Current account deficits of oil and metals exporters are narrowing, helped by the pick-up in commodity prices. Oil exports are rebounding in Nigeria on the back of an uptick in oil production from fields previously damaged by militants’ attacks. Mining companies across the region are resuming production and exports. In contrast, current account balances have remained under pressure in a number of non-resource intensive countries. In these countries, capital goods imports have been strong, reflecting ambitious public investment programs. Capital inflows in the region are rebounding from their low level in 2016. Nigeria tapped the Eurobond market twice in the first quarter of 2017, followed by Senegal in May. Sovereign spreads have declined across the region from their November 2016 peak, with the notable exception of Ghana where they rose due to concerns about fiscal policy slippages. This trend reflects low financial market volatility, and a broader rebound in investor risk appetite for emerging market and developing economies (EMDE) assets.
Regional inflation is gradually decelerating from its high level in 2016. Although a process of disinflation has started in Angola and Nigeria, inflation in both countries remains elevated, owing to a highly depreciated parallel market exchange rate. Inflation eased in metals exporters, reflecting stabilizing currencies after sharp depreciations, and lower food prices due to improved weather conditions (e.g., South Africa, Zambia).
An exception is Mozambique, where inflation was still above 21 percent (y/y) in April, reflecting continued depreciation. Inflationary pressures increased in non-resource intensive countries. In East Africa, drought led to a spike in food prices,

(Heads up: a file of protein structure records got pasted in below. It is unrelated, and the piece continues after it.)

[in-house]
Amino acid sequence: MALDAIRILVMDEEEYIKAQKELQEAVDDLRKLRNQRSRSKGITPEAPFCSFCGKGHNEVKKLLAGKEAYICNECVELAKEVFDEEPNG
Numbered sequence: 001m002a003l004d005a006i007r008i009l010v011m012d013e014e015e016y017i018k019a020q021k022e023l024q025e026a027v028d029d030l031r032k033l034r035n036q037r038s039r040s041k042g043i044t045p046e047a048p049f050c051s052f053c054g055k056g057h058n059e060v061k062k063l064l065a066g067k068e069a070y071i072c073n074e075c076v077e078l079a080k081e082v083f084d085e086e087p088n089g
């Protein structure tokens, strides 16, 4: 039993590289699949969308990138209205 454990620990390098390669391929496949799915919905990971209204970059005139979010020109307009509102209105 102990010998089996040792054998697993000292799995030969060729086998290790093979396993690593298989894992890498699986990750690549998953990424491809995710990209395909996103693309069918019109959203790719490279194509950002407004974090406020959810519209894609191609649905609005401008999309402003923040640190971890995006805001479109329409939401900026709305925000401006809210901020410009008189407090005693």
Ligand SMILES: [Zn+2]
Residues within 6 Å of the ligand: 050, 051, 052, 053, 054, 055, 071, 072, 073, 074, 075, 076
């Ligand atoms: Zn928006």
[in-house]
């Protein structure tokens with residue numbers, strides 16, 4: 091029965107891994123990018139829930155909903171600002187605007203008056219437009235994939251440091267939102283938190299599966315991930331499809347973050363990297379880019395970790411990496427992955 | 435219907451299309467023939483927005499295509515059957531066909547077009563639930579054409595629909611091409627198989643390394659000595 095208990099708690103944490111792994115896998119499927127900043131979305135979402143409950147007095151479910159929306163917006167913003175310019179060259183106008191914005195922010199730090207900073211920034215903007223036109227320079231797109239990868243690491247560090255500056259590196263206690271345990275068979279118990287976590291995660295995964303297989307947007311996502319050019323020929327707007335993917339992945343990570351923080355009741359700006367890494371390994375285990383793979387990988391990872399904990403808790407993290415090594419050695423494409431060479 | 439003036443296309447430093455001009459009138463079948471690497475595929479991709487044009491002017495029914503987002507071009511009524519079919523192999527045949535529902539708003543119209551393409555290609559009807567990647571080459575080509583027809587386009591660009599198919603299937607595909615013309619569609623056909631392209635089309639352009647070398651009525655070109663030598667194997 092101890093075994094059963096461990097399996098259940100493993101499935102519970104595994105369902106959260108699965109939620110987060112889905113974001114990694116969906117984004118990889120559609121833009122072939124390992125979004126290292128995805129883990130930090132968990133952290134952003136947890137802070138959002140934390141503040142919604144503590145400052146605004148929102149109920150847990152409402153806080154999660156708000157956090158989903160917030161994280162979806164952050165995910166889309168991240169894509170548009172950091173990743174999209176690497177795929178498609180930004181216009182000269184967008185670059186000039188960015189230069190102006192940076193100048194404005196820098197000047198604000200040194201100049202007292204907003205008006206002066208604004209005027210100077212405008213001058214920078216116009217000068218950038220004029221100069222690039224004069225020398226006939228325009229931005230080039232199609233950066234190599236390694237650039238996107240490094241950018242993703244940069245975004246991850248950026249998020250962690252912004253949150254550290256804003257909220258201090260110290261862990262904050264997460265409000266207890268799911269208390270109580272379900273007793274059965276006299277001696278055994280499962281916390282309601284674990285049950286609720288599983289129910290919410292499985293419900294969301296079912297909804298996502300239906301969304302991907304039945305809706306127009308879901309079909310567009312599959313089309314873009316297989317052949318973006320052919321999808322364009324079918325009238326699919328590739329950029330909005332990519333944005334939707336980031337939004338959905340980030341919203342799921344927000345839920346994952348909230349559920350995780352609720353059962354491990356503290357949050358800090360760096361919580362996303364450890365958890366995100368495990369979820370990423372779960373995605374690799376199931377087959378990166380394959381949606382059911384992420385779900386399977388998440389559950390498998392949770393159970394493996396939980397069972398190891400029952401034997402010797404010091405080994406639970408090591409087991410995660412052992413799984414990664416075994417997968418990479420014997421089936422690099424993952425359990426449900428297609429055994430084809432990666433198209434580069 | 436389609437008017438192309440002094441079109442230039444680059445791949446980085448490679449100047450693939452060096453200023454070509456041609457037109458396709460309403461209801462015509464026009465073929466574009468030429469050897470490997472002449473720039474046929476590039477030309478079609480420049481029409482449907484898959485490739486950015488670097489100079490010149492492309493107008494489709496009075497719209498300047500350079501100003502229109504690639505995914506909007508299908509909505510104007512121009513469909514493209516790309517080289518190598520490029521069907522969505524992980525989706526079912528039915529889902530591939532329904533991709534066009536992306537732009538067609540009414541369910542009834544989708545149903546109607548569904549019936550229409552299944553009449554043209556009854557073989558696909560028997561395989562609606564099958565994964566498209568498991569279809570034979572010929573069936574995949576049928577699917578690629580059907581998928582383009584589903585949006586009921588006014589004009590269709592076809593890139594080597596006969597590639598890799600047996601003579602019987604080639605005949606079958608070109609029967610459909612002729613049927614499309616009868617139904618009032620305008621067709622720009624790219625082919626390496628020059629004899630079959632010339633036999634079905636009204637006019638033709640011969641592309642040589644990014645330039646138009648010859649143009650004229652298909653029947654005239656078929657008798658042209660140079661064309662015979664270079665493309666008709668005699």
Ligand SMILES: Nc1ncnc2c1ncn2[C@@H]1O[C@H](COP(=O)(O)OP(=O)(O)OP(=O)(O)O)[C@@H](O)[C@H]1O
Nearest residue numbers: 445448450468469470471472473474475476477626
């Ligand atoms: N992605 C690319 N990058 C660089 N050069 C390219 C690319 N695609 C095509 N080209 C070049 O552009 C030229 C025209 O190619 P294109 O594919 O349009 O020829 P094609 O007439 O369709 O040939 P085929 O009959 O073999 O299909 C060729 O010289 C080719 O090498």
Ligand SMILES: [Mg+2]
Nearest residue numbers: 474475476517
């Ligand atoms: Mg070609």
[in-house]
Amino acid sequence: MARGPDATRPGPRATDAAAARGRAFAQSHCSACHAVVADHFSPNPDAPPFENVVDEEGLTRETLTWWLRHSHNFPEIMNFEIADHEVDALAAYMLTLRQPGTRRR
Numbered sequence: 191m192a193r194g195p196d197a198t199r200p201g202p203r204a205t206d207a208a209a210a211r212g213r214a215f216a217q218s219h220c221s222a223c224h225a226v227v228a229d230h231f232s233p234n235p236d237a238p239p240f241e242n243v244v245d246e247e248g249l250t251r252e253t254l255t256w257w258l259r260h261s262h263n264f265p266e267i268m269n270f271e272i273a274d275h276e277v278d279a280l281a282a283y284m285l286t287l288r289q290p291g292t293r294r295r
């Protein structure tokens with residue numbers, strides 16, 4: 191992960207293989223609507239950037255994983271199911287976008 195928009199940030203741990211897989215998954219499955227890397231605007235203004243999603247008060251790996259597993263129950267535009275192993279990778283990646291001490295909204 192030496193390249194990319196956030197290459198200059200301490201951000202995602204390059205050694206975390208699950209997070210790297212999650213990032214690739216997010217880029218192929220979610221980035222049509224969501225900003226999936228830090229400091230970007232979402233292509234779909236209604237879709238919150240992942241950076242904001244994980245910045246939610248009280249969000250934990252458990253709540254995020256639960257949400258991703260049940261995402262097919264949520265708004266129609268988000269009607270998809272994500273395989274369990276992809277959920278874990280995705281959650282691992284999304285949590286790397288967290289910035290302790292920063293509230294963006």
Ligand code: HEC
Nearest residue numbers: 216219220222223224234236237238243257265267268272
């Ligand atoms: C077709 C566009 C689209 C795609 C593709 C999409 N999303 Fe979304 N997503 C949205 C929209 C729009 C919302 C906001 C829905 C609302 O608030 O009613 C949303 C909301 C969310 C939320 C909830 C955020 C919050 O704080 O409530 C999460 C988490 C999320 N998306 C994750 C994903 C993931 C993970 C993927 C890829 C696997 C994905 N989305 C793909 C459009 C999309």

notably in Kenya. However, in countries where the drought has been less severe, inflation has remained within central banks’ targets. Low inflation in Tanzania, Uganda, and Zambia, and steadily falling inflation in Ghana allowed central banks to cut interest rates in early 2017.
Fiscal deficits remain elevated across the region. Oil and metals exporters are still running sizable fiscal deficits. Fiscal balances have deteriorated in several non-resource intensive countries, reflecting a continued expansion in public infrastructure.
Large fiscal deficits and, in some cases, steep exchange rate depreciations, have resulted in rising public debt ratios in the region. A number of countries have embarked on fiscal consolidation to stabilize government debt (e.g., Chad, South Africa). In early April, S&P Global Ratings and Fitch downgraded South Africa’s sovereign credit rating to sub-investment status on account of heightened political uncertainty.
Growth in SSA is forecast to pick up to 2.6 percent in 2017, and average 3.4 percent in 2018-19, slightly above population growth. The recovery is predicated on moderately rising commodity prices and reforms to tackle macroeconomic imbalances. The forecasts are below those in January, reflecting a slower-than-anticipated recovery in several oil and metals exporters. Per capita output growth—which is projected to increase from -0.1 percent in 2017 to 0.7 percent in 2018-19—will remain insufficient to achieve poverty reduction goals in the region if the constraints to more vigorous growth persist (Bhorat and Tarp 2016). Growth in South Africa is projected to recover from 0.6 percent in 2017 to 1.5 percent in 2018-19. A rebound in net exports is expected to only partially offset weaker than previously forecast growth of private consumption and investment, as borrowing costs rise following the sovereign rating downgrade to sub-investment level. For Nigeria, growth is expected to rise from 1.2 percent in 2017 to 2.5 percent in 2018-19, helped by a rebound in oil production, as security in the oil-producing region improves, and by an increase in fiscal spending. In Angola, growth is projected to increase from 1.2 percent in 2017 to 1.5 percent in 2019, reflecting a slight pick-up of activity in the industrial sector as energy supplies improve.